# Optimizing a primality test

I'm pretty new to algorithms and runtimes, and I'm trying to optimise a bit of my code for a personal project.

import math
for num in range(0, 10000000000000000000000):
if all((num**(num+1)+(num+1)**(num))%i!=0 for i in range(2,int(math.sqrt((num**(num+1)+(num+1)**(num))))+1)):
print(num)

What can I do to speed this up? I know that num=80 should work but my code isn't getting past num=0, 1, 2 (it's not fast enough).

First I define my range, then I say if 'such-and-such' is prime from range 2 to sqrt(such-and-such) + 1, then return that number. Sqrt(n) + 1 is the minimum number of factors to test for the primality of n.

This is a primality test of sequence A051442

• Stash prior results in a set for one thing. – Mad Physicist Jan 5 '18 at 4:48
• For another, pre-computing n + 1 and reusing on the next iteration might give you a tiny boost. – Mad Physicist Jan 5 '18 at 4:50
• Also, see if you can simplify the modulo formula. – Mad Physicist Jan 5 '18 at 4:51
• How do I stash the results? (Also the mod formula can't be simplified. Essentially \$n^{n+1}+(n+1)^n\$ – Just A Mathematician Jan 5 '18 at 4:57
• But you don't need to recompute the whole thing for every element in the all statement. You only need to take f(n) % i in the all, where f(n) is basically a constant. – Mad Physicist Jan 5 '18 at 5:02

You would probably get a minor boost from computing (num**(num+1)+(num+1)**(num)) only once per iteration instead of sqrt(num**(num+1)+(num+1)**(num)) times. As you can see, this will greatly reduce the constant factor in your complexity. It won't change the fundamental complexity because you still need to compute the remainder. Change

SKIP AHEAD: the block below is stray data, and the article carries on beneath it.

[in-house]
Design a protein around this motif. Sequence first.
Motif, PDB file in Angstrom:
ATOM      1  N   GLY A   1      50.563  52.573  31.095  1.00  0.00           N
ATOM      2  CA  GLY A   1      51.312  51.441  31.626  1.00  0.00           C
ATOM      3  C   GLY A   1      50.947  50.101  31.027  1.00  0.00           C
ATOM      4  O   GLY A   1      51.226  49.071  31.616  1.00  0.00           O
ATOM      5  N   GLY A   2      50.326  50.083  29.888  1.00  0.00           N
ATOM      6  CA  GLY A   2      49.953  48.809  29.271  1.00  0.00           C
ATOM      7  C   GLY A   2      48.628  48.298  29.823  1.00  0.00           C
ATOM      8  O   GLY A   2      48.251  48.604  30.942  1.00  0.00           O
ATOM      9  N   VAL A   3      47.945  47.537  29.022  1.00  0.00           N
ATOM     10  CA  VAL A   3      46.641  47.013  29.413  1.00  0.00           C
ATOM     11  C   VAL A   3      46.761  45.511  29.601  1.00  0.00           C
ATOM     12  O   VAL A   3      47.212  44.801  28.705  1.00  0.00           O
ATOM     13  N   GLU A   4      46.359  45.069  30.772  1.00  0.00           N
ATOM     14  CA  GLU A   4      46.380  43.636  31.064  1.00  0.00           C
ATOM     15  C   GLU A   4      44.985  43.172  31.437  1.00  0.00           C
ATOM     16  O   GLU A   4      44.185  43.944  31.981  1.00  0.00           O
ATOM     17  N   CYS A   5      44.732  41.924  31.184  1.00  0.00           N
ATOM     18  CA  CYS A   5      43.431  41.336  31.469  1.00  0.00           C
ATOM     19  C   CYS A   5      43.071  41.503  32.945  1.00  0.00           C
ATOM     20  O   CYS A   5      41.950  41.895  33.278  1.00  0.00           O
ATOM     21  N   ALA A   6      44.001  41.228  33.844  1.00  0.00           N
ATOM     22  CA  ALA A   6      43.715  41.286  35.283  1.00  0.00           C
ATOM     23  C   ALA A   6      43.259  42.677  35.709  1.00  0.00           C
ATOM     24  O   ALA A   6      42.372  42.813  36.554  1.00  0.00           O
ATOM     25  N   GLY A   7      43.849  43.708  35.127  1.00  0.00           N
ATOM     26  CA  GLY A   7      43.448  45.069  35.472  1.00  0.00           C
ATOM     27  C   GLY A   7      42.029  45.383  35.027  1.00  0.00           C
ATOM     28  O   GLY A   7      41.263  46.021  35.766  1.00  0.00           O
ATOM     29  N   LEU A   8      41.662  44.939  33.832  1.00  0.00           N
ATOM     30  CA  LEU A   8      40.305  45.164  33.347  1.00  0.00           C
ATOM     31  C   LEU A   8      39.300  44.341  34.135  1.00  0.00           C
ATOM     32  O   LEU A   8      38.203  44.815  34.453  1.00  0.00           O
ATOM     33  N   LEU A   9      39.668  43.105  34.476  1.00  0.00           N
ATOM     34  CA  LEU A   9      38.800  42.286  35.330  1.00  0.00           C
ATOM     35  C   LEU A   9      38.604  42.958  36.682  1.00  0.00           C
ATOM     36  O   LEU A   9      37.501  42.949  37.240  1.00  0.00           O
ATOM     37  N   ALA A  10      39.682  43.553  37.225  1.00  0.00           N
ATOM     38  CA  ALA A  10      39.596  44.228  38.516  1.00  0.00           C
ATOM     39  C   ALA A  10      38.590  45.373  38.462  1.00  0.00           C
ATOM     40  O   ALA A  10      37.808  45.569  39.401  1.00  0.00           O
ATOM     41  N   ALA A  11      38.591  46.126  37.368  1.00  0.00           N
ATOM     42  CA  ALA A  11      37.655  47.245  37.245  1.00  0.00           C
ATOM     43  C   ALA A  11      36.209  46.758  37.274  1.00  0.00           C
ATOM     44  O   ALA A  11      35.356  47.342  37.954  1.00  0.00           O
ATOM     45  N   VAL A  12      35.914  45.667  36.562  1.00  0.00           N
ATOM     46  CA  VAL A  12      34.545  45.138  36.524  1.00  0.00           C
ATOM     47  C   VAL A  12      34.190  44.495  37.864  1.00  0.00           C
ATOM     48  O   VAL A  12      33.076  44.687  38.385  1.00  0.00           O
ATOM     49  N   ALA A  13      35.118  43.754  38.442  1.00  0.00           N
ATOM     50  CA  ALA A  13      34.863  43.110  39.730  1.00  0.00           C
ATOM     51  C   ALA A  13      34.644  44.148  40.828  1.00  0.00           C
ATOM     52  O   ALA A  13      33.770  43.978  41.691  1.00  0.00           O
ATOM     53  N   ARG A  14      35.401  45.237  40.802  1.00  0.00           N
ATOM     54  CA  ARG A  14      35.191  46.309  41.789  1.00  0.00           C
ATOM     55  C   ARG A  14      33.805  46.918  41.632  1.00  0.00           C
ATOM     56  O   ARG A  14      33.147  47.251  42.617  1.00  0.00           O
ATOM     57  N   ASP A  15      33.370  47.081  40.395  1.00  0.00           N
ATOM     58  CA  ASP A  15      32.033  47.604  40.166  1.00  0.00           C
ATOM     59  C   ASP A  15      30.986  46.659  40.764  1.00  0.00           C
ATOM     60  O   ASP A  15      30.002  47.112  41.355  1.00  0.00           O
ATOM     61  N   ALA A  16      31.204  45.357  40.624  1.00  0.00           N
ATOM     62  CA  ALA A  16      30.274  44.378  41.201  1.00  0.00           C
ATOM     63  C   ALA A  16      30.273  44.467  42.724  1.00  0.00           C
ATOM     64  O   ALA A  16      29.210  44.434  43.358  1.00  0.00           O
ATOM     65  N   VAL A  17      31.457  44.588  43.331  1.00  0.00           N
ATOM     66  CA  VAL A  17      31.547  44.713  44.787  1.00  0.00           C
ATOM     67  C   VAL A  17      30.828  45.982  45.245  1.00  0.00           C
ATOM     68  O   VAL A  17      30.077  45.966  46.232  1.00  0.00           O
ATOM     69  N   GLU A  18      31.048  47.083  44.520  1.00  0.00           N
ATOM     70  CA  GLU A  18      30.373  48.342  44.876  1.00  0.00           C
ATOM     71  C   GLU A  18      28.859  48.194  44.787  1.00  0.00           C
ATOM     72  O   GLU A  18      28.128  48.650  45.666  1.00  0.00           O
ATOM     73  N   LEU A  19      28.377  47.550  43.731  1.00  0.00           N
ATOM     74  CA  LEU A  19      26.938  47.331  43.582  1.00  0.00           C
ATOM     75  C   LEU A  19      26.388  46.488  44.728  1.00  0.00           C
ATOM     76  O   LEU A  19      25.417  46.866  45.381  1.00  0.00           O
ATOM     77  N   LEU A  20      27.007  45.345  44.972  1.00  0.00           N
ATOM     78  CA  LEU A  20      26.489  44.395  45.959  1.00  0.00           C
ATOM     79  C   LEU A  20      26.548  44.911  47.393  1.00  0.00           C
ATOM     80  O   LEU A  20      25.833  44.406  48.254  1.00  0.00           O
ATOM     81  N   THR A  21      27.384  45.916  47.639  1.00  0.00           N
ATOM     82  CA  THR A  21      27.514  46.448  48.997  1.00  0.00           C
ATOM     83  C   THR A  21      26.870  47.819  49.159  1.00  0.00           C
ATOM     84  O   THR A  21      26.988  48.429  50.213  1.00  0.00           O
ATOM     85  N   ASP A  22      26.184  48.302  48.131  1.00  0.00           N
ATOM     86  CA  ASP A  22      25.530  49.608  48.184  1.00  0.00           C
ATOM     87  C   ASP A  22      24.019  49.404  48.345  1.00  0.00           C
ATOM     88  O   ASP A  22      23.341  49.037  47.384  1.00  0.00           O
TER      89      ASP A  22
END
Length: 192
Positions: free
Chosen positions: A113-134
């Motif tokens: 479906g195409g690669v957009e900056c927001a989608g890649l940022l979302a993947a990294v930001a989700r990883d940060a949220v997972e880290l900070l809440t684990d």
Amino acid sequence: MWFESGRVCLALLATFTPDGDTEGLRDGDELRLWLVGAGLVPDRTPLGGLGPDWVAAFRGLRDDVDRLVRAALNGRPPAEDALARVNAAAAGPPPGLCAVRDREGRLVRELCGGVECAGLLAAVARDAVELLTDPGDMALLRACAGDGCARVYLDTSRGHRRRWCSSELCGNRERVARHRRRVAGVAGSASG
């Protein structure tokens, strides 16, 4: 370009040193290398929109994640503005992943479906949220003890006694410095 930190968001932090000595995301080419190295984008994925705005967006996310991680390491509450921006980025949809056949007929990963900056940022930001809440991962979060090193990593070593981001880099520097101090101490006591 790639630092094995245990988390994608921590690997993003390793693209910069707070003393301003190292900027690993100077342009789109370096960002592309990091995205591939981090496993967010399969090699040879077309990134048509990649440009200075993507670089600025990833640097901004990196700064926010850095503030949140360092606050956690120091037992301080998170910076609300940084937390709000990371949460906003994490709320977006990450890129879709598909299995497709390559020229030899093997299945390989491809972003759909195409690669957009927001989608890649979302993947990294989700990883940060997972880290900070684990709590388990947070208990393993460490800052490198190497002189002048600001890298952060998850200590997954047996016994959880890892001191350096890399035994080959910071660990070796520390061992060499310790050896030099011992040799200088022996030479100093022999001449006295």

if all((num**(num+1)+(num+1)**(num))%i!=0 for i in range(2,int(math.sqrt((num**(num+1)+(num+1)**(num))))+1)):

to

k = num**(num+1)+(num+1)**(num)
if all(k%i for i in range(2,int(math.sqrt(k))+1)):

The != 0 is implicit in Python.

Update

All this is just trivial improvement to an extremely inefficieny algorithm. The biggest speedup I can think of is to reduce the check k % i to only prime i. For any composite i = a * b such that k % i == 0, it must be the case that k % a == 0 and k % b == 0 (if k is divisible by i, it must also be divisible by the factors of i).

I am assuming that you don't want to use any kind of pre-computed prime tables in your code. In that case, you can compute the table yourself. This will involve checking all the numbers up to a given sqrt(k) only once ever, instead of once per iteration of num, since we can stash the previously computed primes in say a list. That will effectively increase the lower limit of the range in your current all from 2 to the square root of the previous k.